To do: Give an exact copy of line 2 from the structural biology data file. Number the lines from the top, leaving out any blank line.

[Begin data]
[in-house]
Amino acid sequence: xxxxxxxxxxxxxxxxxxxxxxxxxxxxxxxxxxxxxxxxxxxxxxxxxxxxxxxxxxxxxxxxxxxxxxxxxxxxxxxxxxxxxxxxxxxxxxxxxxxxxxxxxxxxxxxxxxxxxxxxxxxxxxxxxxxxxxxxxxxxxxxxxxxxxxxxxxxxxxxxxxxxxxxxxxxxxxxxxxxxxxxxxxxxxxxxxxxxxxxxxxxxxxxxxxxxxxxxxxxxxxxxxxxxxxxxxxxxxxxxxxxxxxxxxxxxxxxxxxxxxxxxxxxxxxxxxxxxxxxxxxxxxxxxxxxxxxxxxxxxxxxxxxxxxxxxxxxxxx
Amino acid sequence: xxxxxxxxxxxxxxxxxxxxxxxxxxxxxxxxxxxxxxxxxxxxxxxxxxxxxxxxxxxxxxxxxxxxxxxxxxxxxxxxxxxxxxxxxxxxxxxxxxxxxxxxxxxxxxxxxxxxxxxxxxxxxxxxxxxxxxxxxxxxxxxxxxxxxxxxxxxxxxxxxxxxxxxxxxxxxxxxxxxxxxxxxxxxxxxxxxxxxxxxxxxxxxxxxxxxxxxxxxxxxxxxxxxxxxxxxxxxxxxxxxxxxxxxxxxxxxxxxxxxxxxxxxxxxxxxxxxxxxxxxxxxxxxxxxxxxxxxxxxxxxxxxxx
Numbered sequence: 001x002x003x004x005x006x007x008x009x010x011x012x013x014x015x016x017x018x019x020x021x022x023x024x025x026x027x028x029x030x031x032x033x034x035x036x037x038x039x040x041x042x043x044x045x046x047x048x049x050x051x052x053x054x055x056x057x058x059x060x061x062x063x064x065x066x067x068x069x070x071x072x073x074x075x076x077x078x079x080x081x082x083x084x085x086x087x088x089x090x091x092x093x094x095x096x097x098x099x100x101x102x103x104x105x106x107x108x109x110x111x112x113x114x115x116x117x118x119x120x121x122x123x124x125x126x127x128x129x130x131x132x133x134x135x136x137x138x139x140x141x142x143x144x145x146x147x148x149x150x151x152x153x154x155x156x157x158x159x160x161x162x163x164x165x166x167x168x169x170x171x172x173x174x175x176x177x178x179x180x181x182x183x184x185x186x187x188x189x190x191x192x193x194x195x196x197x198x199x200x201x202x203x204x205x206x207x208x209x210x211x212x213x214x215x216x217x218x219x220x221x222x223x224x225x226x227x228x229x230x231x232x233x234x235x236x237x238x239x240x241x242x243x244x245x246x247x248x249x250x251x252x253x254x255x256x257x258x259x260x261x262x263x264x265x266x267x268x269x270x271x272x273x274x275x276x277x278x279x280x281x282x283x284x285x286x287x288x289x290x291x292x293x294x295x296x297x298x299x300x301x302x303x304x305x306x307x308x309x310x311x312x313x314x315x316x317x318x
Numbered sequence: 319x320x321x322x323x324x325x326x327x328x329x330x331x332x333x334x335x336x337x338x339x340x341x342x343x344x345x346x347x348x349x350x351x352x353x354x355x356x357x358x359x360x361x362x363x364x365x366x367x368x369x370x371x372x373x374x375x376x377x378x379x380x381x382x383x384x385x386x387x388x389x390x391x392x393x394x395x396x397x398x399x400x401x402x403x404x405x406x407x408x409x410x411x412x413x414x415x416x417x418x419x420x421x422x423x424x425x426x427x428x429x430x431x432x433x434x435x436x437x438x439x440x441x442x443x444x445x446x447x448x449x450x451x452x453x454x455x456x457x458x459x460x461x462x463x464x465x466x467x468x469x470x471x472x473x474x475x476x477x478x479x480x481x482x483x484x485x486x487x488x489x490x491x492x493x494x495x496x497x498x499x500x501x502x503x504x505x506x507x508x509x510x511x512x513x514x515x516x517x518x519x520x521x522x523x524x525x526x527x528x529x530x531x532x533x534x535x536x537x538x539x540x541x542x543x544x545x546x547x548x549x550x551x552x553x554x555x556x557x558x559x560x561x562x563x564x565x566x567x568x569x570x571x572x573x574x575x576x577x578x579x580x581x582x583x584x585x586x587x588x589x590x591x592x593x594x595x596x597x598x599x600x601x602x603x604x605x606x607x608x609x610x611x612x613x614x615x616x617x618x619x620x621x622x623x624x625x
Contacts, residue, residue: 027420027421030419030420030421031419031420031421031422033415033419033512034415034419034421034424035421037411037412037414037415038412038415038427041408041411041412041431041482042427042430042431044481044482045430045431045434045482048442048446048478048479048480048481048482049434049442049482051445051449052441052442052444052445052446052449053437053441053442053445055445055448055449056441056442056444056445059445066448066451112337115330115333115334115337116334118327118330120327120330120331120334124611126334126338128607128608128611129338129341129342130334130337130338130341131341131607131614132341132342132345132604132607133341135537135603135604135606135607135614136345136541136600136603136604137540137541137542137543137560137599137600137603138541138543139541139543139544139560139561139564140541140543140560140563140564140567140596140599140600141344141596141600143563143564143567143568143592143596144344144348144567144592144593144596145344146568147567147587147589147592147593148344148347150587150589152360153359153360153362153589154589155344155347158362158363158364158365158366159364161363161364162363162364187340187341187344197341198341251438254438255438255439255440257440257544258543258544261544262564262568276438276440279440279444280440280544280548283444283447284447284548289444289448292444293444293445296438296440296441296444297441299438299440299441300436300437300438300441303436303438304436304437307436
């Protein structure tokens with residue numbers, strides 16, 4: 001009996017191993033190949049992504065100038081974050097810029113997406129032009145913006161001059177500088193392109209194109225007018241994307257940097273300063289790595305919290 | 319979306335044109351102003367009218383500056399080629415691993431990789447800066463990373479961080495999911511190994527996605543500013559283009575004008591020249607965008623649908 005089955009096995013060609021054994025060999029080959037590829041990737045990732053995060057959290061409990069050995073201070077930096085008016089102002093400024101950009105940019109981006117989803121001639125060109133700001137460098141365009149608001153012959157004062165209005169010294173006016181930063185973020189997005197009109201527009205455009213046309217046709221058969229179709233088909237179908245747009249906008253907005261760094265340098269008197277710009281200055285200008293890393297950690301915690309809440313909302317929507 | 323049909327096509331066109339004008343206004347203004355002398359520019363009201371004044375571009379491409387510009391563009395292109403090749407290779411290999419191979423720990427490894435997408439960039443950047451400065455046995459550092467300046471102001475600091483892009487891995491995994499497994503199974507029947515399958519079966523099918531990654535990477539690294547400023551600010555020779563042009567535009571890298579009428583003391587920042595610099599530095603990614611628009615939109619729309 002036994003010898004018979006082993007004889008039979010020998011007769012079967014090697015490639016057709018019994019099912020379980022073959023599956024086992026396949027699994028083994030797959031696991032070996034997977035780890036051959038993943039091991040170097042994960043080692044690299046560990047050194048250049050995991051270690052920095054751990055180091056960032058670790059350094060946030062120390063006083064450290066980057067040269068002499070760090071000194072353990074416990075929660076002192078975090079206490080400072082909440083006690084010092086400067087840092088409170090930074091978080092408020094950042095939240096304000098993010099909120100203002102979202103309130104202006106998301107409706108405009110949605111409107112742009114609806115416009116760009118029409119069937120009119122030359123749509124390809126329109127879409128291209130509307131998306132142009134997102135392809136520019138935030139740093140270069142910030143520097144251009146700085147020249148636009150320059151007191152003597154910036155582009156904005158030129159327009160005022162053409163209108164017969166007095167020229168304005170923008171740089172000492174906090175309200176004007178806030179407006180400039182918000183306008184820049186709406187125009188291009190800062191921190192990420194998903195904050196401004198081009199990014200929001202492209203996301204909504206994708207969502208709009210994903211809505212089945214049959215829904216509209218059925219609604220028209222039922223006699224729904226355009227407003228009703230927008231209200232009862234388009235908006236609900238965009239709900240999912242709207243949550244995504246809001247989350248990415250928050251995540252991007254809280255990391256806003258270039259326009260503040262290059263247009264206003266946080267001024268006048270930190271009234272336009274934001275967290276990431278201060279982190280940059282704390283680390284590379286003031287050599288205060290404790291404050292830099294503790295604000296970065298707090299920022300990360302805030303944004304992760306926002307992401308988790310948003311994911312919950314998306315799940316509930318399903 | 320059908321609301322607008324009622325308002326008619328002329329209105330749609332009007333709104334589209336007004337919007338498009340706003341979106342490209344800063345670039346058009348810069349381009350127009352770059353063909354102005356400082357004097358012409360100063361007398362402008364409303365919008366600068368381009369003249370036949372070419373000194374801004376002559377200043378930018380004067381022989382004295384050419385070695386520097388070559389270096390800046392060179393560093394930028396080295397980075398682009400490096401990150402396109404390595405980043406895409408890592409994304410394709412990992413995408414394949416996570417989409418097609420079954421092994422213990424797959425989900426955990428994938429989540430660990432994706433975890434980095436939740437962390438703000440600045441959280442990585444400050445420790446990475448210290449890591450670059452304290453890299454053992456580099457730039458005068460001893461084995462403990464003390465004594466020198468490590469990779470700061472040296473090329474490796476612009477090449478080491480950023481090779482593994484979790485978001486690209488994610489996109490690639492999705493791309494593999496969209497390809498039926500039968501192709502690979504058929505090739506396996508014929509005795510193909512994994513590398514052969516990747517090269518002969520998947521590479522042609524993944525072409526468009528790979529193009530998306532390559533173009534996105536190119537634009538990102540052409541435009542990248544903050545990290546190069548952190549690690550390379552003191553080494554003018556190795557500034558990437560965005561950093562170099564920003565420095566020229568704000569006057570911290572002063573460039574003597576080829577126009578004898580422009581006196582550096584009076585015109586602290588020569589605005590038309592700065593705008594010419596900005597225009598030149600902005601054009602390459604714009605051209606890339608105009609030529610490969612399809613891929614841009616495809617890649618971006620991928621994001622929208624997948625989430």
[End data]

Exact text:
Amino acid sequence: xxxxxxxxxxxxxxxxxxxxxxxxxxxxxxxxxxxxxxxxxxxxxxxxxxxxxxxxxxxxxxxxxxxxxxxxxxxxxxxxxxxxxxxxxxxxxxxxxxxxxxxxxxxxxxxxxxxxxxxxxxxxxxxxxxxxxxxxxxxxxxxxxxxxxxxxxxxxxxxxxxxxxxxxxxxxxxxxxxxxxxxxxxxxxxxxxxxxxxxxxxxxxxxxxxxxxxxxxxxxxxxxxxxxxxxxxxxxxxxxxxxxxxxxxxxxxxxxxxxxxxxxxxxxxxxxxxxxxxxxxxxxxxxxxxxxxxxxxxxxxxxxxxxxxxxxxxxxxx